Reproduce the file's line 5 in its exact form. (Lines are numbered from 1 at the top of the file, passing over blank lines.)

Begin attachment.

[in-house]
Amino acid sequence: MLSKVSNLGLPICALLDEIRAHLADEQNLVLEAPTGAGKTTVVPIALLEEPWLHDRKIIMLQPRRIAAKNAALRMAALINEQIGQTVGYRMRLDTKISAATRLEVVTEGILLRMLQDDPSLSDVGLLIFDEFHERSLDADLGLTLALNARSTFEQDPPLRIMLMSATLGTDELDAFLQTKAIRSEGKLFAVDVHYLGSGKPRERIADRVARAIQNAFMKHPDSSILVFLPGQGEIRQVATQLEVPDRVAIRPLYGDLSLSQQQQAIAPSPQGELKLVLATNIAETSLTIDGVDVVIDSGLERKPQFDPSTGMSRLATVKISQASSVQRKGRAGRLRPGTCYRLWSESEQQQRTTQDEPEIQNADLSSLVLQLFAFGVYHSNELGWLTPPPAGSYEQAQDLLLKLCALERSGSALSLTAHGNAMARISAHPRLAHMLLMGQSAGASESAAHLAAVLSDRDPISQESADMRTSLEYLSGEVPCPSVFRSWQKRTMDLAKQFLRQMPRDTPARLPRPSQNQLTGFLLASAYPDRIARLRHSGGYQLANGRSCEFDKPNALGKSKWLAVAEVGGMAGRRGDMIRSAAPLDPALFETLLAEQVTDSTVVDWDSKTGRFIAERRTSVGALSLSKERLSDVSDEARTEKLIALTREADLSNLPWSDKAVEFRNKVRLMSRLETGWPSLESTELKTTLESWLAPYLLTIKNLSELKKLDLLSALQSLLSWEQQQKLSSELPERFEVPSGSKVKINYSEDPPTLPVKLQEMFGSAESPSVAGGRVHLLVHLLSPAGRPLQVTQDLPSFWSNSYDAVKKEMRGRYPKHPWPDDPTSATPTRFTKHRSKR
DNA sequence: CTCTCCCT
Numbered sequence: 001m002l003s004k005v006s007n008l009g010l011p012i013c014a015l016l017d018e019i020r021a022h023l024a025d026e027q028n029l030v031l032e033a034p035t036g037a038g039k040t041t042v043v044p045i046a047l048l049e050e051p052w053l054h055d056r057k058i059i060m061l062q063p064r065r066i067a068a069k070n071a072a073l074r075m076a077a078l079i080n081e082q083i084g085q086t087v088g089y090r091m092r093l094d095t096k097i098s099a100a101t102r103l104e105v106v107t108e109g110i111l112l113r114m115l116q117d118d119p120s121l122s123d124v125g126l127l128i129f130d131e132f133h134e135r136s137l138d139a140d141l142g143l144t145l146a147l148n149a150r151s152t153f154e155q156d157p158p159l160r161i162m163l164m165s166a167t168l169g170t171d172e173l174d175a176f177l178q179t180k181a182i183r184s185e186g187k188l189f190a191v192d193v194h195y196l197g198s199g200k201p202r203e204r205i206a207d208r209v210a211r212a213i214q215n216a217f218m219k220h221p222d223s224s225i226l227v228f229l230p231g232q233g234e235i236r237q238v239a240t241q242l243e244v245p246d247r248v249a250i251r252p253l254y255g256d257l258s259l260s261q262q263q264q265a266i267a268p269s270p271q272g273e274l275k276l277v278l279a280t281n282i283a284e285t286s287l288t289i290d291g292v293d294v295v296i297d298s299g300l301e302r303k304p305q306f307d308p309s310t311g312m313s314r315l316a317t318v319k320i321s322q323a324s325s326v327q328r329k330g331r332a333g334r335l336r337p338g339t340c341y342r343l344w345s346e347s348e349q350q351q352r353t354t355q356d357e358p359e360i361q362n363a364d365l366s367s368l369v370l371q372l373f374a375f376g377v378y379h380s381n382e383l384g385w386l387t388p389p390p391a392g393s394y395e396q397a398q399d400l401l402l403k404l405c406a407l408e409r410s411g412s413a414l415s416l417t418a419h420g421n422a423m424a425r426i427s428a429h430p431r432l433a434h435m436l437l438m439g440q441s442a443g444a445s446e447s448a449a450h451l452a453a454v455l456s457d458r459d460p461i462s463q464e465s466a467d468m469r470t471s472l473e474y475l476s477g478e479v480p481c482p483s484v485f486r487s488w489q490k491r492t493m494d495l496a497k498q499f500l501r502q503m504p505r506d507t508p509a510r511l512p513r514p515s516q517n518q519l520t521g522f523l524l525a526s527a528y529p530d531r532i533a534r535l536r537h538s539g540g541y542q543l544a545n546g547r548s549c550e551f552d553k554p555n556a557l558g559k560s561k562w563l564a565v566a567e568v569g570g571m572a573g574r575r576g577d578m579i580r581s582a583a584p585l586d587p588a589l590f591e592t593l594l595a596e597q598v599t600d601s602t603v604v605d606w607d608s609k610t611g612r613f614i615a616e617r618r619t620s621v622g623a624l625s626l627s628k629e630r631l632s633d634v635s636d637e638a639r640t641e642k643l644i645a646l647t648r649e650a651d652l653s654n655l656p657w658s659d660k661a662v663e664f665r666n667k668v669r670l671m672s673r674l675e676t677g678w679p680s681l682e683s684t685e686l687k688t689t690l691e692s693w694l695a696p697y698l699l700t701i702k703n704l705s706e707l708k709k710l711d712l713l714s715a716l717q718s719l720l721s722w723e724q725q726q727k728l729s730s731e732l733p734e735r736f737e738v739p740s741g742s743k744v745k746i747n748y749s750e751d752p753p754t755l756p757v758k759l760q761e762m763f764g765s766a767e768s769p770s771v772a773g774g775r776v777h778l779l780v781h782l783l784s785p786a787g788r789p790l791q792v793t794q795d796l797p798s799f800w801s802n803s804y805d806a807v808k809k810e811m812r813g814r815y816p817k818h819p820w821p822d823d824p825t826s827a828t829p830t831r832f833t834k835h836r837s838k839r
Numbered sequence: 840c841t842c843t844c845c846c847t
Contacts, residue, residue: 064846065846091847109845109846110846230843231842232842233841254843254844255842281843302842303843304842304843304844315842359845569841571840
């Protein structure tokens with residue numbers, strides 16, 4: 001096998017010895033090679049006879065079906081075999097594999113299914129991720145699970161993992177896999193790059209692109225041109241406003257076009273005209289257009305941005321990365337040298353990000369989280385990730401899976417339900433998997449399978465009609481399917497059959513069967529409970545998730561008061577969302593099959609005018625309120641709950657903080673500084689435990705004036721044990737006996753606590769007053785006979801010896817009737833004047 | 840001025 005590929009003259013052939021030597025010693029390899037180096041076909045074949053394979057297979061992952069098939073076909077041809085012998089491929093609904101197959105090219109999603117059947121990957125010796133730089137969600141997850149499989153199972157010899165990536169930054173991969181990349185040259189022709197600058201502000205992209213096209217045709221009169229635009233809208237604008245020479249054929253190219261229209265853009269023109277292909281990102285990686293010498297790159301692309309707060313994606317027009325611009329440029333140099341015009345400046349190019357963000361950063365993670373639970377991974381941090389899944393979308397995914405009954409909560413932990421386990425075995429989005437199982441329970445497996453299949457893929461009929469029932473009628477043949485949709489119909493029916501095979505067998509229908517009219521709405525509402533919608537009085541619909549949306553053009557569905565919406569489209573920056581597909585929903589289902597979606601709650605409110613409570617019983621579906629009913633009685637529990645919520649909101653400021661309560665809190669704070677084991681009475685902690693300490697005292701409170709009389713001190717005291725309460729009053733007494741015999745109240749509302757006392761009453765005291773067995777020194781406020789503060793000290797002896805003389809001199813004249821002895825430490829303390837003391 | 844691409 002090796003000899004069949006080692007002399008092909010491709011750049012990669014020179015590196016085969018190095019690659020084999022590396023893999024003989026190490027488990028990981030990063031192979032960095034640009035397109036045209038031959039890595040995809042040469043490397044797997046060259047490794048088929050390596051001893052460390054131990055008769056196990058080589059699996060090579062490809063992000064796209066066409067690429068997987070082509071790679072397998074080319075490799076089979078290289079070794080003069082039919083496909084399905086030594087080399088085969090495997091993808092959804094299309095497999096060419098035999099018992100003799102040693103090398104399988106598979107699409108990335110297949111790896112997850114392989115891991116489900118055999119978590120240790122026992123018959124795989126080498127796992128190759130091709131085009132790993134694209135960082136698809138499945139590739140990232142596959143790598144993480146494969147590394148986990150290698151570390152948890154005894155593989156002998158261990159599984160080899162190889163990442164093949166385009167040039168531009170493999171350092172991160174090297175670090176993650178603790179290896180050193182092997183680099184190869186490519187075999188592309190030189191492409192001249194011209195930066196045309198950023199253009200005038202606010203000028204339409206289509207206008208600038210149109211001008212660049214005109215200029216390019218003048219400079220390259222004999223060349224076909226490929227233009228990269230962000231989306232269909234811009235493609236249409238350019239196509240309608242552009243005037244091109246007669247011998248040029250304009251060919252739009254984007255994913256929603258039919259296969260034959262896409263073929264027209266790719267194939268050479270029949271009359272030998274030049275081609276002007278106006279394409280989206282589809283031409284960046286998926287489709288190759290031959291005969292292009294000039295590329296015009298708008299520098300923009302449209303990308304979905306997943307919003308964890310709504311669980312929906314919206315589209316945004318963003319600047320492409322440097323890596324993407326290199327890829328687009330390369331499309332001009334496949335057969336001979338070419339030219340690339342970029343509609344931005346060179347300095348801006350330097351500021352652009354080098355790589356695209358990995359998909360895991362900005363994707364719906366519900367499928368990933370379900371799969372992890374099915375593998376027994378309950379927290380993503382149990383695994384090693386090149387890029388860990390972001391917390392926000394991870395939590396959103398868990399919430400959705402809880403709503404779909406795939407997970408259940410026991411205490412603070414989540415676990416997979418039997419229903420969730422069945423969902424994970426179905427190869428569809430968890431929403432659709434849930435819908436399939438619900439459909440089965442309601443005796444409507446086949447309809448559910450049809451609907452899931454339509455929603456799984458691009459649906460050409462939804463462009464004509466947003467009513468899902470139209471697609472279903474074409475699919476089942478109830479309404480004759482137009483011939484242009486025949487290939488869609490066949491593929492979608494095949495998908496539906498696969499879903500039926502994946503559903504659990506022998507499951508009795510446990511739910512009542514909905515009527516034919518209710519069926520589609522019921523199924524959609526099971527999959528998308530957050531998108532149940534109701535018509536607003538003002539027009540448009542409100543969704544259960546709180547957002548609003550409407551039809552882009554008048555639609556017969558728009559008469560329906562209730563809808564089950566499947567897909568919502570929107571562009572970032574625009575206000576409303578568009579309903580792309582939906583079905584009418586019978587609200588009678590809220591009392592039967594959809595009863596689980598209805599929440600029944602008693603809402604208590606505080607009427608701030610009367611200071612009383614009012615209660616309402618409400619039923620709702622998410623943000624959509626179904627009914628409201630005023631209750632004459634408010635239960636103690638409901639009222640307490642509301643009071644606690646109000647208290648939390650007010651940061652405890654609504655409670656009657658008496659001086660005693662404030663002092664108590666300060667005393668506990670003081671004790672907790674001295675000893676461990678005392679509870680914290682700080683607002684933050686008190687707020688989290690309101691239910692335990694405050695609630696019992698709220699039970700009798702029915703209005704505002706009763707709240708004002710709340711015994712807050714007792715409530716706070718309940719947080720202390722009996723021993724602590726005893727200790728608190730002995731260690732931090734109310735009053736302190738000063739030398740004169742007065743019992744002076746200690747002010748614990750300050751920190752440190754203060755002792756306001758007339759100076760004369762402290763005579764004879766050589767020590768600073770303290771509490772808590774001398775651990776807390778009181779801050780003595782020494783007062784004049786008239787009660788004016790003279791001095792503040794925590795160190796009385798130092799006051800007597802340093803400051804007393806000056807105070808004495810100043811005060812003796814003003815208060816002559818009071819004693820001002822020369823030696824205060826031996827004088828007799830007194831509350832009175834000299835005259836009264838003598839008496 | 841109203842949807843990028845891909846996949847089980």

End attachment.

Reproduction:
Numbered sequence: 840c841t842c843t844c845c846c847t